What makes a hero? What makes one man stand out above another?
Let me tell you a story of two brothers, Herbert and James. Raised in a godly home with two other siblings, they came to Christ at a young age. In their 20s, each young man committed himself to a life of Christian service. In fact both of them ended up following a call to the South American mission field — Bert to the central part of the continent, followed a few years later by Jim to the north.
That’s where their paths diverged, not just geographically, but in just about every way imaginable.
You see, missionary work is hard. It’s not for the faint of heart. Living among people of a different language and culture, with different customs and values, requires a lot. Add to that the hardships, long stretches away from family and friends, and the threat of illness and danger, and it’s a wonder that anyone lasts for long. The best Bible and missions training — which each man had — is often not enough to prepare you for what you will face on the field.
Despite the best of intentions and the best of preparation, Jim lasted less than a week at the place where he felt God called him to serve. Not even close to enough time to learn the language and culture, much less share the gospel and raise up a local gathering of believers.
Bert, on the other hand, went on to serve 62 years on the same foreign mission field. With his wife Colleen, they planted more than 170 churches in Peru before he passed away on that very mission field at age 87.
So which one is the hero, James or Bert? It depends on how you define hero?
Do a Google search for Herbert Elliot; you won’t find a Wikipedia page. The results you do find are generally from obscure or low-traffic websites or blogs.
Nothing like the media attention Bert’s younger brother Jim Elliot and his four co-laborers received when they were martyred by the very Auca tribesmen they came to reach for Christ. The five men were only five days on the ground near the tribal village in early January, 1956 before being killed. Before the month was out, Life magazine’s 10-page spread let the world know about the men and their sacrifice, and the wives and children left behind.
Both Jim and Bert followed God’s call to give their lives on their respective mission fields. God used them both, but in very different ways. Because of their heroism, countless people came to know the life-changing power of Jesus Christ. Jim never planted a church as he had hoped to do, but his wife Elisabeth and Rachel Saint (sister of another of the men killed) continued the work by returning to the Auca tribe to tell the people there about the grace and mercy of God, and about how Jesus laid down his life so that others might live.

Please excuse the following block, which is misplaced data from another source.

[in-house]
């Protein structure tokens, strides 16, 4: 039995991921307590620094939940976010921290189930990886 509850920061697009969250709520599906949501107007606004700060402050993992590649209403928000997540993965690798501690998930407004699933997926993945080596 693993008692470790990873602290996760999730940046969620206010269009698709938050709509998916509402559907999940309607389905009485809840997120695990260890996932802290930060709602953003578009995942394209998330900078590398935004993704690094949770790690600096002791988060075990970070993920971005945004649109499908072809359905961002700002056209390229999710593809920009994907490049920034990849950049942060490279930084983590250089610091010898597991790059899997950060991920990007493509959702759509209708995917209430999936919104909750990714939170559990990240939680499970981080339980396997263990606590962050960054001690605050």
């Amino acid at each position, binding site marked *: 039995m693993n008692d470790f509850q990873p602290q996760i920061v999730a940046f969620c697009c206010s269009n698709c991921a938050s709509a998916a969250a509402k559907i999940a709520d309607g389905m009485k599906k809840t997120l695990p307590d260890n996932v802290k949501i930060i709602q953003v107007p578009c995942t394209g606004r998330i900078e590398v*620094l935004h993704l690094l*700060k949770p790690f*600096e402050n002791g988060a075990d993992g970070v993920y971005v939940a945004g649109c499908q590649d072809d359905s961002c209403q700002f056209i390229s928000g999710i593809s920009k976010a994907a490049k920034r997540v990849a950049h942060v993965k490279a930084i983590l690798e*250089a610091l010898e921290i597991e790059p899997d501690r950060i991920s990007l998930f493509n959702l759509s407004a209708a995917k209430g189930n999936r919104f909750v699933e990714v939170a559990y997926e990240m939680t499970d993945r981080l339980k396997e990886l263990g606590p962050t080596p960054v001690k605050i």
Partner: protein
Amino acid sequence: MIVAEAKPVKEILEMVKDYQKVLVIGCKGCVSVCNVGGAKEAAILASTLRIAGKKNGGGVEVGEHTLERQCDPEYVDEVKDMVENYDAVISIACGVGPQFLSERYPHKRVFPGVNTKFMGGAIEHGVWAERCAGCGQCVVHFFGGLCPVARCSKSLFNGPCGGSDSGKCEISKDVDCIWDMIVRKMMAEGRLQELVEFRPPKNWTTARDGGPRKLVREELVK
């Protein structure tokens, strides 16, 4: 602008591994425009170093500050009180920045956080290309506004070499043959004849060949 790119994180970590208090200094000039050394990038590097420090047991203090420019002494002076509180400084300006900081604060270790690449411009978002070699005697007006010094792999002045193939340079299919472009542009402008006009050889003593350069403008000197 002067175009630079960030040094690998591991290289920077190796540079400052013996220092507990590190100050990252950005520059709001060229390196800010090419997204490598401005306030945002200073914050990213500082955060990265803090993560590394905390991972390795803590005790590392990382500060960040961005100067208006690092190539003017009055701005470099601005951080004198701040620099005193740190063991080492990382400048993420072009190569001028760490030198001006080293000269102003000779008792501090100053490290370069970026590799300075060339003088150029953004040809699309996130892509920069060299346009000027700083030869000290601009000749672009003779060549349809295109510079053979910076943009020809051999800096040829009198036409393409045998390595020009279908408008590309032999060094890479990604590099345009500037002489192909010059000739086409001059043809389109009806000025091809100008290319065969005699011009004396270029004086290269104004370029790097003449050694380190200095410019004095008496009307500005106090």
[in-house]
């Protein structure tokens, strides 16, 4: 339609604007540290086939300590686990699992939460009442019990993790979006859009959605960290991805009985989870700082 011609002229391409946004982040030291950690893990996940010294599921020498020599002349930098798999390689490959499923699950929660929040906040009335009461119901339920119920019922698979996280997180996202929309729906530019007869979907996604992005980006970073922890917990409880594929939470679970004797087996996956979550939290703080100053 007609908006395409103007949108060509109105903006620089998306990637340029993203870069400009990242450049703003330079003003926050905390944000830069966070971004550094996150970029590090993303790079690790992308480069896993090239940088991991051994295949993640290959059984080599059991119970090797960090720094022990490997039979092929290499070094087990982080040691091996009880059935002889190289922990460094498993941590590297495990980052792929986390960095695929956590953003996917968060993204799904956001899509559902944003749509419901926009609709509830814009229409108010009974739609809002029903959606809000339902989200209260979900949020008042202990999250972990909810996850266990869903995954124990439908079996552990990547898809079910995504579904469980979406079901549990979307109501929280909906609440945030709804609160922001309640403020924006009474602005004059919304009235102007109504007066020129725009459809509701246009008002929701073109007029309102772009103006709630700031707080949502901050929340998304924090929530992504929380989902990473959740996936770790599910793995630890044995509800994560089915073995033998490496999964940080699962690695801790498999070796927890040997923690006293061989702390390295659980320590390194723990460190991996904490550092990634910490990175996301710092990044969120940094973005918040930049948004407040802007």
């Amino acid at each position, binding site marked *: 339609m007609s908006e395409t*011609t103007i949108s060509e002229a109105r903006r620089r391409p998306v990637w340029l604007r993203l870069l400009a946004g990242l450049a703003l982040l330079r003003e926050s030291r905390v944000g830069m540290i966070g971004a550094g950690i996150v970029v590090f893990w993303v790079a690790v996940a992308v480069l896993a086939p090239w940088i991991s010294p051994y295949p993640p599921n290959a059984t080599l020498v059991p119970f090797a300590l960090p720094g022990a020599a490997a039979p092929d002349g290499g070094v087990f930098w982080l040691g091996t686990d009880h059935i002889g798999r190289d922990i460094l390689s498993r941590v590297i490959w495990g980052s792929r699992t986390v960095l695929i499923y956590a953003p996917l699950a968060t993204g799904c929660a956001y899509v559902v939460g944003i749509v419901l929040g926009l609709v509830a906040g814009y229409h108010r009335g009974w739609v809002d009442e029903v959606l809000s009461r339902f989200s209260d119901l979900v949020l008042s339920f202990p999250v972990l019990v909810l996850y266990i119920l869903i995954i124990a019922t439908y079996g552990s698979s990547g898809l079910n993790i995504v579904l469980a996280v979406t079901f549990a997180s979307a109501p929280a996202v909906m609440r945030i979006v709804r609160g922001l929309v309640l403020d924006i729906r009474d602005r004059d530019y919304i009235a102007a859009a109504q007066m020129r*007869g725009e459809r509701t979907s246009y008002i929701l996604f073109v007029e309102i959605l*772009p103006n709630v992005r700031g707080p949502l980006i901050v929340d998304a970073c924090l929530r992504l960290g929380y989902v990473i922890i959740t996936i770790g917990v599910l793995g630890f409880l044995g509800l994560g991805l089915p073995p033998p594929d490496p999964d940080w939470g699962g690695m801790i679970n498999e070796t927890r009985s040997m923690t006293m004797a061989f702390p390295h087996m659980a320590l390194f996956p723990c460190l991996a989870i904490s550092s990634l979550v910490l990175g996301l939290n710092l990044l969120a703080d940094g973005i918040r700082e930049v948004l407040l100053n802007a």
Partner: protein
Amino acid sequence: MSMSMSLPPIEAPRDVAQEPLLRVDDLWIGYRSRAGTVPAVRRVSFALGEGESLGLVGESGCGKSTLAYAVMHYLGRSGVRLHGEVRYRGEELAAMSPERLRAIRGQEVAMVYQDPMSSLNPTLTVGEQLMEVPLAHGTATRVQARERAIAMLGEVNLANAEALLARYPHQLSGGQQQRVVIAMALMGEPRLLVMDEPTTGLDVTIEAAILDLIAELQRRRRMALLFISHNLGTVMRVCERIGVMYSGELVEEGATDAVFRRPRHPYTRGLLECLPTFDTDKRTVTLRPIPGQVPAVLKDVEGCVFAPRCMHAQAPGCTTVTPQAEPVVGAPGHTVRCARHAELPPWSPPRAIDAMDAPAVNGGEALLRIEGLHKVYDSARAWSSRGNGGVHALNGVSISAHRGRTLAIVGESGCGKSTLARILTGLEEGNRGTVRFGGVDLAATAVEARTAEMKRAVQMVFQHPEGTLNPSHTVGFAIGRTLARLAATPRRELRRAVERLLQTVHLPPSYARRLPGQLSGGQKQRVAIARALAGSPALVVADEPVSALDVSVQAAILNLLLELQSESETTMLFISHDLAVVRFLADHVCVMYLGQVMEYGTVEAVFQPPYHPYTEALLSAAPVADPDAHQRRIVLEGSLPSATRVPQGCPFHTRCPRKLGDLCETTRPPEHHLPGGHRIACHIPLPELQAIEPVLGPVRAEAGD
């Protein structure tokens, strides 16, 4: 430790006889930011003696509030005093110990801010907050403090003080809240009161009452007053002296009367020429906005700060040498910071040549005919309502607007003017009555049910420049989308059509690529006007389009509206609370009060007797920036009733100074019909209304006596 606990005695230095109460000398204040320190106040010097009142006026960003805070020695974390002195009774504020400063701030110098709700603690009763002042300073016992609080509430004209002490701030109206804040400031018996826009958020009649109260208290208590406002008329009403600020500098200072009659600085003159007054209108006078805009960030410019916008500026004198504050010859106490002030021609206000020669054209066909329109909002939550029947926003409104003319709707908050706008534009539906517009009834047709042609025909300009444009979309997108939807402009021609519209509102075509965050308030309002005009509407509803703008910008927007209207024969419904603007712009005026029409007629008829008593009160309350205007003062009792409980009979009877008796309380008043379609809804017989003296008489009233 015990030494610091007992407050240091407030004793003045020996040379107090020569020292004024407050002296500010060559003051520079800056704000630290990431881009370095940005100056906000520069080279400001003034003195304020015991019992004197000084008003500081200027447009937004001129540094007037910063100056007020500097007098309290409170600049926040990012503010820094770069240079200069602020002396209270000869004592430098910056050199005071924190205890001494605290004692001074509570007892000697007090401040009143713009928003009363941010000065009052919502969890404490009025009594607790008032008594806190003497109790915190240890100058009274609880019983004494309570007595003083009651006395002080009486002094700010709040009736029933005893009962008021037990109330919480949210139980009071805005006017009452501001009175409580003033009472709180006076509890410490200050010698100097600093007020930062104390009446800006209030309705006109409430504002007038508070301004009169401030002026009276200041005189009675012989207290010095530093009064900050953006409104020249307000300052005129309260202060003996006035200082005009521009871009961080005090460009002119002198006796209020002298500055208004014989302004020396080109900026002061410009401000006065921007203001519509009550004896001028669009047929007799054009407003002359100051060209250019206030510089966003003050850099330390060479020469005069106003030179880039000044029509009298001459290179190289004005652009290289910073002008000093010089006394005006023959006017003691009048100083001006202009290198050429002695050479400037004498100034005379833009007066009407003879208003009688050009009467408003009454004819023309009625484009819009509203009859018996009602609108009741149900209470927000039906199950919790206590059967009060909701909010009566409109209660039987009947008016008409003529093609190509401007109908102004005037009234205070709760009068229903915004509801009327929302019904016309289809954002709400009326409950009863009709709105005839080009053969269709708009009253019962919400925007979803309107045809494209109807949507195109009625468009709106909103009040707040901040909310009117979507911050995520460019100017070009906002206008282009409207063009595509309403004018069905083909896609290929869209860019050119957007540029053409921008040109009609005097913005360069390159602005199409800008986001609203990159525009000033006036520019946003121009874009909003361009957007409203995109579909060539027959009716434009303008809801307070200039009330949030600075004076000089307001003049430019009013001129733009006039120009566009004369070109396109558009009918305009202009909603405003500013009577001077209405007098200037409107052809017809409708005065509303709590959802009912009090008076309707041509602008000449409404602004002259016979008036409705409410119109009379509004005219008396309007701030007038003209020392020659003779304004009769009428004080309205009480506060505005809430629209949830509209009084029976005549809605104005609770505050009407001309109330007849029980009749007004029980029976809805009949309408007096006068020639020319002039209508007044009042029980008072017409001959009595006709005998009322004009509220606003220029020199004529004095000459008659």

When his brother died, Bert was on furlough. During that time, he did some soul searching, trying to understand why God doesn’t protect all those who commit their lives to his service. It was during that time that God gave Bert the spiritual insight that became the motivation for his remaining years of service in Peru. “It’s in dying that we’re born to eternal life. It’s not maintaining our lives, but giving our lives,” that is God’s purpose in our serving.
Bert wasn’t the only person inspired to heroism by Jim Elliot. In the years following Jim’s death, countless men and women gave their lives to Christ and committed their lives to foreign mission service because of the conviction of Bert’s younger brother. Through Jim Elliot’s sacrifice and immortal words they recognized the eternal significance of a life lived for God.
“He is no fool who gives what he cannot keep to gain that which he cannot lose.” – Jim Elliot
God doesn’t call all of us to be heroes, only to be faithful. But a life fully given to Him is always a heroic thing. How He chooses to use us will vary as greatly as it did for Jim and Bert, but in the end, He will be glorified, others will be impacted, and we will be changed.
Bert had many decades to reflect on why God chose to use him the way he did, and Jim in a totally different way.
“While my brother Jim was like a comet streaking across the sky which caught the attention of those on earth, God chose [me] to serve in a different capacity as one of the many dim stars from earth’s viewpoint — stars which are countless in the vast universe. There are many who consistently shine as lights where God has put them but never achieve the recognition that has come to Jim Elliot and the other four Christian martyrs at that time. But God chooses to use both a few streaking comets and the many stars!”
Whether you shine brightly like a comet before the world like Jim did that one day in Ecuador 1956, or rise and fall like a dim star, night after night for 22,000 nights in Peru like Bert, remember that heroism isn’t just for our brief days in this life, but for life eternal.
“And those who are wise shall shine like the brightness of the sky above; and those who turn many to righteousness, like the stars forever and ever.” – Daniel 12:3
© 2015 by FamilyLife. All rights reserved.
You just finished reading the post about Jim and Bert Elliot,“What makes a hero?” on the Stepping Up men’s blog.
Listen to Jim Elliot’s widow, Elisabeth, retell the events of January 1956 when the five men became national heroes.
Jim Ryun and his sons talk about Heroes Among Us, people who lived by principles and changed history.